John Fogerty was one of the leading members of the growing counterculture movement as the lead singer of Creedence Clearwater Revival. However the singer, because of a dispute with the band’s record label, refused to play any of the band’s songs. Enter George Harrison and Bob Dylan.
In 1987, Taj Mahal and the Graffiti Band, featuring none other than Jesse Ed Davis on guitar were performing a set when Harrison, Dylan and Fogerty entered the little ol’ Palomino Club in North Hollywood. The trio would end up on stage and making Fogerty return to some of his old tracks.
The night wouldn’t only offer Fogerty the chance to reconnect with his songs but also fora reunion of sorts. Dylan, Davis and Harrison had previously shared the stage at the Concert For Bangladesh. While this performance wouldn’t be of the same grand foundations, it would show off what the world was missing in John Fogerty.
Fogerty had been avoiding singing his old songs following a serious breakdown of communications with his and Creedence Clearwater Revival’s label. Fantasy Records still had CCR contractually obliged to produce more albums when the band broke up. To avoid the huge contract-breaking fee Fogerty gave the label the copyright royalties to all of his songs.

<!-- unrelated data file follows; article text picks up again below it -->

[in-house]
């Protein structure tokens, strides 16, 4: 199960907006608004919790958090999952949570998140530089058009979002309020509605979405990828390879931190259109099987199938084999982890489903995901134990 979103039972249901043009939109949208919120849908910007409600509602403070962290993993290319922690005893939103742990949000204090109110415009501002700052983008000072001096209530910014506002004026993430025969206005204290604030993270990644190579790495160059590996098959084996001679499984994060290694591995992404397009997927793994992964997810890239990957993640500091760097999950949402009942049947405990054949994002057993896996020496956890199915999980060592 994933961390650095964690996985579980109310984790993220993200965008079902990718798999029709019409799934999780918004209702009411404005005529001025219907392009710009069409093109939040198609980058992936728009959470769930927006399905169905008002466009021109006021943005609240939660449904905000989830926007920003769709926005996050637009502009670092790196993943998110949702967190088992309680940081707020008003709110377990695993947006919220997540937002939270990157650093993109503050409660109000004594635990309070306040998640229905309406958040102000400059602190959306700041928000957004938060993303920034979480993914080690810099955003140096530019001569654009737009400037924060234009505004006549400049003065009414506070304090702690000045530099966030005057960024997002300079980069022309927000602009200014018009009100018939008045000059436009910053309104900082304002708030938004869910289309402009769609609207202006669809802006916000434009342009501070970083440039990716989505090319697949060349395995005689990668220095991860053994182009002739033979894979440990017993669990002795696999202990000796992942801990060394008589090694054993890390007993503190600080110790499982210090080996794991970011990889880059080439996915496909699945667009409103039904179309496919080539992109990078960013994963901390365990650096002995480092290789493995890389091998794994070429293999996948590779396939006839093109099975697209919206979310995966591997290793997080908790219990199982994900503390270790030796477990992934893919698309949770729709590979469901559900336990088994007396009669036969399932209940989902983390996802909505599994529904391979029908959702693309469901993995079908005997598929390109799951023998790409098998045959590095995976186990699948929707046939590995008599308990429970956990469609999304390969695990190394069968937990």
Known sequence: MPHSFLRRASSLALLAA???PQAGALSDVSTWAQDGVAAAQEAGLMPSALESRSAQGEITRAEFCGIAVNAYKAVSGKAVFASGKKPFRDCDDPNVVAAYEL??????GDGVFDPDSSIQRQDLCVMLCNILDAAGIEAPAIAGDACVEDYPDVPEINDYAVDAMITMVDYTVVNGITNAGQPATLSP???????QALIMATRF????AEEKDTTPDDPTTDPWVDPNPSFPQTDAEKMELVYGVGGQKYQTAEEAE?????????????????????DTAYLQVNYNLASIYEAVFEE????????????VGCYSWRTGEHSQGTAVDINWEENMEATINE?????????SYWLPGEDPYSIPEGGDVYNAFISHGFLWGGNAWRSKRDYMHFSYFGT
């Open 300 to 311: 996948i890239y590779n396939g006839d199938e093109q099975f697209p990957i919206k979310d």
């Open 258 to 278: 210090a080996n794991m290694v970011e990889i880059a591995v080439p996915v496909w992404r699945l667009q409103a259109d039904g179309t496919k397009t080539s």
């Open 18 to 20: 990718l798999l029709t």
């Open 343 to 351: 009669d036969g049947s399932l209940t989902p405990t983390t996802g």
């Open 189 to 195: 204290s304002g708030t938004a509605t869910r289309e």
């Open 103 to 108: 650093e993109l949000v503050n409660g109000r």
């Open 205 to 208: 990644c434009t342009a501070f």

It’s a situation which left Fogerty avoiding the songs he wrote himself at all costs, to avoid making Fantasy any richer than it already was off his back. That was until during the performance Dylan leaned over and said: “Hey, John, if you don’t do these tunes, the world’s going to remember ‘Proud Mary’ as Tina Turner’s song.”
In an interview with Uncut, Fogerty recalled: “Dylan’s words were very provocative, and he certainly put the bee in my bonnet, you could say.” Looking back at the man who wrote his neglected songs he said: “That guy must have had a lot on his mind. He must have been a troubled person, to make that sort of a decision. I daresay it has harmed me in some way.”
Adding: “I remain a bit of a mystery to a large number of people, because I wasn’t out in the world performing for about 25 years or whatever. Thankfully, I look back and think, ‘Well, I guess I’m a man of convictions, but I’m sure glad I’m over that!’”
Luckily, Fogerty is back out on the road and making music but it all started one evening when George Harrison and Bob Dylan made him get up on stage and sing ‘Proud Mary’ for the feverish audience.